Disinfecting

To disinfect relates to the destruction or irreversible inactivation of specified infectious microorganisms, including fungi and bacteria on hard surfaces. However, disinfecting does not necessarily include destroying or inactivating the spores of microorganisms.

The NCCEH adds that a disinfectant as an antimicrobial agent capable of destroying pathogenic and potentially pathogenic microorganisms, but if the chemical disinfectant does not have specific target organisms noted on the label, it’s considered a bactericide. It also clarifies that:

… disinfectants include bactericides, fungicides, virucides, mycobactericides, tuberculocides, sporicides, sterilants or any combinations thereof. There are various levels of disinfectants (low, intermediate, and high) categorized by differing efficacy levels, which in turn depend on their intended use. Efficacy of disinfectants is based on statistical significance of killing test bacteria on carriers.
Effective disinfecting can take time, with as much as 10 minutes required depending on the microorganisms in question, especially where efforts are made to kill off spores. The concentration of the solutions can vary as a result, and getting this right is obviously critical to fully effective cleaning.

Some products do combine the actions of sanitizers and disinfectants, but it is important that the details on the label are read carefully. Not all such products are suitable, and often the time needed to achieve a thorough sanitized clean varies.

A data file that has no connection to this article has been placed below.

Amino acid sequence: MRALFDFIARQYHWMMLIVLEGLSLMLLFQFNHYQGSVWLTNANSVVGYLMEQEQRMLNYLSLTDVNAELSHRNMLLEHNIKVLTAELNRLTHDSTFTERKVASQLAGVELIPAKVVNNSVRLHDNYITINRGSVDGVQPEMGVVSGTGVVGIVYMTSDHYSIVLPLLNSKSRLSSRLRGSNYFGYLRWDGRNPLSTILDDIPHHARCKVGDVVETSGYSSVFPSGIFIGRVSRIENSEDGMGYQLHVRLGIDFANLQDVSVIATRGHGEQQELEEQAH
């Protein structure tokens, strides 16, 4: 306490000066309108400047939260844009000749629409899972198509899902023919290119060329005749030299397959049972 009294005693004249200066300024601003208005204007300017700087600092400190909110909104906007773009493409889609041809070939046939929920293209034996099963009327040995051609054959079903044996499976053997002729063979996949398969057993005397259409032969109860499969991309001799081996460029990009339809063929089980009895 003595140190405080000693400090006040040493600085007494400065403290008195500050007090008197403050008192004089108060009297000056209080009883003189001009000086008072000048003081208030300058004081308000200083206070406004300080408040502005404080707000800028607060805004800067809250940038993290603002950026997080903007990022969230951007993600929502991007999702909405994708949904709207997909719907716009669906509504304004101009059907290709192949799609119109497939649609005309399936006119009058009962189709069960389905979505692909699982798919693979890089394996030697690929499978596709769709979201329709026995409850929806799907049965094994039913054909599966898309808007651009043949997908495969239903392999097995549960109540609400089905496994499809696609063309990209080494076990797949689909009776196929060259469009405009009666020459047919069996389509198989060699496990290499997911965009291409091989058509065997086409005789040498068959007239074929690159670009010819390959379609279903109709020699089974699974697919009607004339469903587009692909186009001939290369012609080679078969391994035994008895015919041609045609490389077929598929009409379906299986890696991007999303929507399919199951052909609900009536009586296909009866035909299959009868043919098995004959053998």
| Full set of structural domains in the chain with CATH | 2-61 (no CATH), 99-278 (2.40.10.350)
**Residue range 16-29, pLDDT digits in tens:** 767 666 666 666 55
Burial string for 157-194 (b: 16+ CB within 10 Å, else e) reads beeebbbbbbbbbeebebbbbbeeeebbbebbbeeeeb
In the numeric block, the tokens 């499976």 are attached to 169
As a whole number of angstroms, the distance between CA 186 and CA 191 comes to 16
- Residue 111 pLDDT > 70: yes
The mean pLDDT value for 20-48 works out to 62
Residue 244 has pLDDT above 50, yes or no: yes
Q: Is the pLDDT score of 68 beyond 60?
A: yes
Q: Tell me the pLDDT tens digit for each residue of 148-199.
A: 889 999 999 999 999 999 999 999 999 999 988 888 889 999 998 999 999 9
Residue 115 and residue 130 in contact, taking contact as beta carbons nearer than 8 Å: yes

Food Surface Sanitizers and Disinfectants From Velocity Chemical

Velocity Chemicals is an established name in formulating and manufacturing a chemical sanitizers and disinfectant for the food processing, farming and arable and fruit farming sectors. All of the products in our range are designed to provide the highest levels of cleaning effectiveness without impacting on the quality of food being handled or produced. And because we also customize formulas to meet specific needs, almost every situation can be catered to.

When it comes to sanitizing and disinfecting, the most suitable products in the Velocity Chemicals include:

VELOSAN – a Quaternary ammonium compound that is ideal for cleaning and sanitizing hard surfaces in food processing and industrial areas. CFIA approved, it’s an effective one-step sanitizer for non-food contact surfaces and food contact surfaces where a rinse is not required. It is a non-acid disinfectant with no phosphates, and a hard water and organic soil tolerance Cleans, disinfects, and deodorizes at the same time. VELOSAN is also recommended for use in hatcheries, poultry and swine premises to disinfect and clean equipment or heavy duty vehicles, and other hard surfaces.

For more information on the range of Velocity Chemical products, talk to one of the Velocity Chemicals team.

For more information on the range of Velocity Chemical products, talk to one of our team at 1-888-963-9499, or email us today!